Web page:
NICE issues recommendation for the treatment of kidney disease 

The National Institute for Health and Care Excellence (NICE) has issued an Appraisal Consultation Document (ACD) for AstraZeneca’s Forxiga (dapagliflozin) within its marketing authorisation for the treatment of adults with chronic kidney disease (CKD).  

AstraZeneca estimates that approximately 91,000 adults living with CKD in England could be eligible for treatment under the current recommendation.31 

NICE recommends dapagliflozin for treating CKD in adults if it is an add-on to optimised standard care including angiotensin-converting enzyme (ACE) inhibitors or angiotensin-receptor blockers (ARBs), unless these are contraindicated or not tolerated. Additionally, if people have an estimated glomerular filtration rate (eGFR) of 25 ml/min/1.73 m2 to 75 ml/min/1.73 m2 and either a urine albumin-to-creatinine ratio (uACR) of 22.6 mg/mmol or more, or a uACR of 3 mg/mmol or more and type 2 diabetes (T2D).4 

This decision is based on positive results from the DAPA-CKD Phase III trial, which demonstrated that dapagliflozin, in addition to standard care, was more effective than standard of care alone in adults with or without type 2 diabetes, who had an eGFR of 25 to 75 ml/min/1.73 m2 and a uACR of 22.6–565 mg/mmol. 

Professor James Burton, Professor of Renal Medicine and Honorary Consultant Nephrologist at the University of Leicester, said: “This is welcome news for people living with chronic kidney disease, providing them with access to a new and long-awaited treatment option for a disease that affects millions. This announcement represents an important milestone that could make a difference to the lives of many people living with the condition and even delay their need for dialysis.”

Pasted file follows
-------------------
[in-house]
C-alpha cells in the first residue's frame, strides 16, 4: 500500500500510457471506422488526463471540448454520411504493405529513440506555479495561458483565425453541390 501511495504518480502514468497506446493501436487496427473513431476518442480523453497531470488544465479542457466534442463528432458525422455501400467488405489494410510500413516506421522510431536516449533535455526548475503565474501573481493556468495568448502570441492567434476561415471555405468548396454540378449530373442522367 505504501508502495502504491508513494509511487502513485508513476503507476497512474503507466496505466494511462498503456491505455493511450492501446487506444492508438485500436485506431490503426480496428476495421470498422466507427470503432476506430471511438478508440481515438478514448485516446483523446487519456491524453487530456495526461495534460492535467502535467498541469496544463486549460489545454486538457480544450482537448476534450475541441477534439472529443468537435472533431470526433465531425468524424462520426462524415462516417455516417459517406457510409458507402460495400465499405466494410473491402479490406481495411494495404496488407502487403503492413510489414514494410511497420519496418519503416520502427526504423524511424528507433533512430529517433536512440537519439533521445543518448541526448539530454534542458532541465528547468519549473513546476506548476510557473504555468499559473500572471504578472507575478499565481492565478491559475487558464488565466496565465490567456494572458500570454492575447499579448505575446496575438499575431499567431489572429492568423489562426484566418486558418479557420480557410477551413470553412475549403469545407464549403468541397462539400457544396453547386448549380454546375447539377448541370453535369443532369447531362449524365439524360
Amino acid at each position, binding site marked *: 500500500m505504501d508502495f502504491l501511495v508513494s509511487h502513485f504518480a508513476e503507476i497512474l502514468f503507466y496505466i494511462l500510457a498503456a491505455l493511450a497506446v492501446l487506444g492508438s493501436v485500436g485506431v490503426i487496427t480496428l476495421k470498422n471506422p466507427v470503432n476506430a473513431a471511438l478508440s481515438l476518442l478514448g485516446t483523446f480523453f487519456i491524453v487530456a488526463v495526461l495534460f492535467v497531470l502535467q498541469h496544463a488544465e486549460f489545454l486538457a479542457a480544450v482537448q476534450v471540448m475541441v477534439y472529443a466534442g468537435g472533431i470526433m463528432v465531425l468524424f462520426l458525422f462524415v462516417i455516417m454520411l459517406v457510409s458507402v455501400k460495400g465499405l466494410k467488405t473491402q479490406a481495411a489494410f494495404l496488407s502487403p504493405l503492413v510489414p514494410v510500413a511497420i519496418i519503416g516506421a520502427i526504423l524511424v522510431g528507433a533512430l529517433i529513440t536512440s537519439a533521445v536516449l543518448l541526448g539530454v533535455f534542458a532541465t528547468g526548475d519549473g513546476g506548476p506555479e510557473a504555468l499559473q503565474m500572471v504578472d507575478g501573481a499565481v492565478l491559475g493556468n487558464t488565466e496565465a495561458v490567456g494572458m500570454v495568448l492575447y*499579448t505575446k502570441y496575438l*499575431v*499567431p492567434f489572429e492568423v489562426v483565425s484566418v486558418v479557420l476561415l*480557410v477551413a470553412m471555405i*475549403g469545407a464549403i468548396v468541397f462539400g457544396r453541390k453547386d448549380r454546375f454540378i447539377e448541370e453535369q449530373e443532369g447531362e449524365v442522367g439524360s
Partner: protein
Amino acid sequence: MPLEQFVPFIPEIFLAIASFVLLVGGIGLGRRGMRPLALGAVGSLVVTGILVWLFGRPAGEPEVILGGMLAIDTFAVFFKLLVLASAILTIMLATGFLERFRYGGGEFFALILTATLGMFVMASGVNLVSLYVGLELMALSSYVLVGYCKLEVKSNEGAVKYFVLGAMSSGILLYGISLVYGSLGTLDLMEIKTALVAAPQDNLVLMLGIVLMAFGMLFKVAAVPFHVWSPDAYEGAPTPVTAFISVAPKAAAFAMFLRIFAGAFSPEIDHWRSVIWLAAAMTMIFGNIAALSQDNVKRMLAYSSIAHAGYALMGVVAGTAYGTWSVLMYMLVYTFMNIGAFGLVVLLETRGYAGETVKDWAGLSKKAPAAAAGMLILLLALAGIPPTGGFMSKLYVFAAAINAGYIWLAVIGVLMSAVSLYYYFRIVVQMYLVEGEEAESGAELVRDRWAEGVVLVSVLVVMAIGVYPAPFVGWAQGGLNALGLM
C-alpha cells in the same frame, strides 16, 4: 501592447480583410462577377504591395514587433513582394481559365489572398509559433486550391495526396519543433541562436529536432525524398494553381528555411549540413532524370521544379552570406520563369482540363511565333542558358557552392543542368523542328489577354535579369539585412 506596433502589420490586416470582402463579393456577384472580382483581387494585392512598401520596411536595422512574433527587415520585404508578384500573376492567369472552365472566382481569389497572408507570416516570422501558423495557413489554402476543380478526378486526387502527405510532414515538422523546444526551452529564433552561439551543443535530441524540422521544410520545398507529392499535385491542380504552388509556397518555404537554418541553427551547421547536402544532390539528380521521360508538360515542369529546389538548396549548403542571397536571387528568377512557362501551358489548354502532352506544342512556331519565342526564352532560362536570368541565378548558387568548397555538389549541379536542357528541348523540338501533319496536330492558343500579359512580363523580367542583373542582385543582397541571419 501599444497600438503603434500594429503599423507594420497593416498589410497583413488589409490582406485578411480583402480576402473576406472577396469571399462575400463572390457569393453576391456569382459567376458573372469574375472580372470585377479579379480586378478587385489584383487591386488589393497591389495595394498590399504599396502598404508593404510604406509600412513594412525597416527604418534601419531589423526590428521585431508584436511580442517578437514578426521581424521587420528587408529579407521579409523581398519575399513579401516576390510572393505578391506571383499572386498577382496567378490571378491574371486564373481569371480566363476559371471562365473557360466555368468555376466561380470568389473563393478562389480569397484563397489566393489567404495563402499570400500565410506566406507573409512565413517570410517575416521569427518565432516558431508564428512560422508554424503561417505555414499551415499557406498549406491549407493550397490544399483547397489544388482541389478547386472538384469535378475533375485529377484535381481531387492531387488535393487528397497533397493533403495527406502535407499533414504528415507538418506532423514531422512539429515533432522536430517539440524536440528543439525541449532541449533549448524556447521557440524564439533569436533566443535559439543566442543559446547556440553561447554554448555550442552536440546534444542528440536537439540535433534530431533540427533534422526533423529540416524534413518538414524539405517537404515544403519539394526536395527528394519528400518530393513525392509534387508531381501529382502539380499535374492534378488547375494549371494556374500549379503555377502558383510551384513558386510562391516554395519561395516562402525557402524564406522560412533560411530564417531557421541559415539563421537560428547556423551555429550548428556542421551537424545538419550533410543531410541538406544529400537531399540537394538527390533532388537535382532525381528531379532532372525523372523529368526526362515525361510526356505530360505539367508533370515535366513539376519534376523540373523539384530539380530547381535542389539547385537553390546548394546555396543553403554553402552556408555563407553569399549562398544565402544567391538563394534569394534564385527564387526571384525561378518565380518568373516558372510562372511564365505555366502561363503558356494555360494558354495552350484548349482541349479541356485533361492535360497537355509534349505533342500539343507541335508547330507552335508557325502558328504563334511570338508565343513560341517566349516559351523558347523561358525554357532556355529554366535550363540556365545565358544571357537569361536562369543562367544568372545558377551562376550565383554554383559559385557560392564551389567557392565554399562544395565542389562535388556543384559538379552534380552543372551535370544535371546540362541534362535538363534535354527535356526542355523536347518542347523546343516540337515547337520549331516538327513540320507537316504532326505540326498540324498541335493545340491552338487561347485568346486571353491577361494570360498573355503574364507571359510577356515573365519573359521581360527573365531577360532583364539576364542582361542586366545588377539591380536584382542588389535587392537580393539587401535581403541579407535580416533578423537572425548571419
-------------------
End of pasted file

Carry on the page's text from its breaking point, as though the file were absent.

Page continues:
CKD is a long-term condition where the kidneys do not work as well as they should and are unable to remove waste products from the body. Currently, an estimated 2.8 million people in England have CKD and it is estimated up to one million of these people are living with the condition undiagnosed. This is particularly relevant in Black, Asian and minority ethnic communities, as they are five times more likely to develop CKD that other groups. CKD also represents a significant burden on the UK healthcare system, accounting for 2% of NHS spending overall. 

Tom Keith-Roach, President of AstraZeneca UK: “Today’s draft recommendation from NICE is a step in the right direction but we have more work to do to ensure broad and equitable access to dapagliflozin, particularly for CKD patients without diabetes. CKD affects around one in ten people in the UK and has seen very little progress in treatment options for nearly 20 years. We are working with NICE through the appraisal process towards a final appraisal determination that enables access for all CKD patients who would be clinically appropriate and may benefit.” 

The safety and tolerability of dapagliflozin in patients with CKD was consistent with the well-established safety profile of the medicine. The rates of adverse events of special interest including: renal AEs (7.2% vs. 8.7%); definite or probable diabetic ketoacidosis (0% vs <0.1%); major hypoglycaemic events (0.7% vs. 1.3%); amputations (1.6% vs. 1.8%) and fractures (4.0% vs 3.2%) were generally low and balanced across the dapagliflozin and placebo arm respectively. There were 127 (5.9%) and 90 (4.2%) patients in the dapagliflozin and placebo arms respectively who reported symptoms of volume depletion. 


  1. NHS England. Chronic Kidney Disease in England: The Human and Financial Cost. Available at: Last accessed November 2021.
  2. Foreman KJ, Marquez N, Dolgert A, et al. Forecasting life expectancy, years of life lost, and all-cause and cause-specific mortality for 250 causes of death: reference and alternative scenarios for 2016-40 for 195 countries and territories. Lancet. 2018; 392:2052–2090.
  3. AstraZeneca Data on File. REF-130661. November 2021.
  4. National Institute for Health and Care Excellence. Dapagliflozin for treating chronic kidney disease: Appraisal Consultation Document – Published 5 November 2021.

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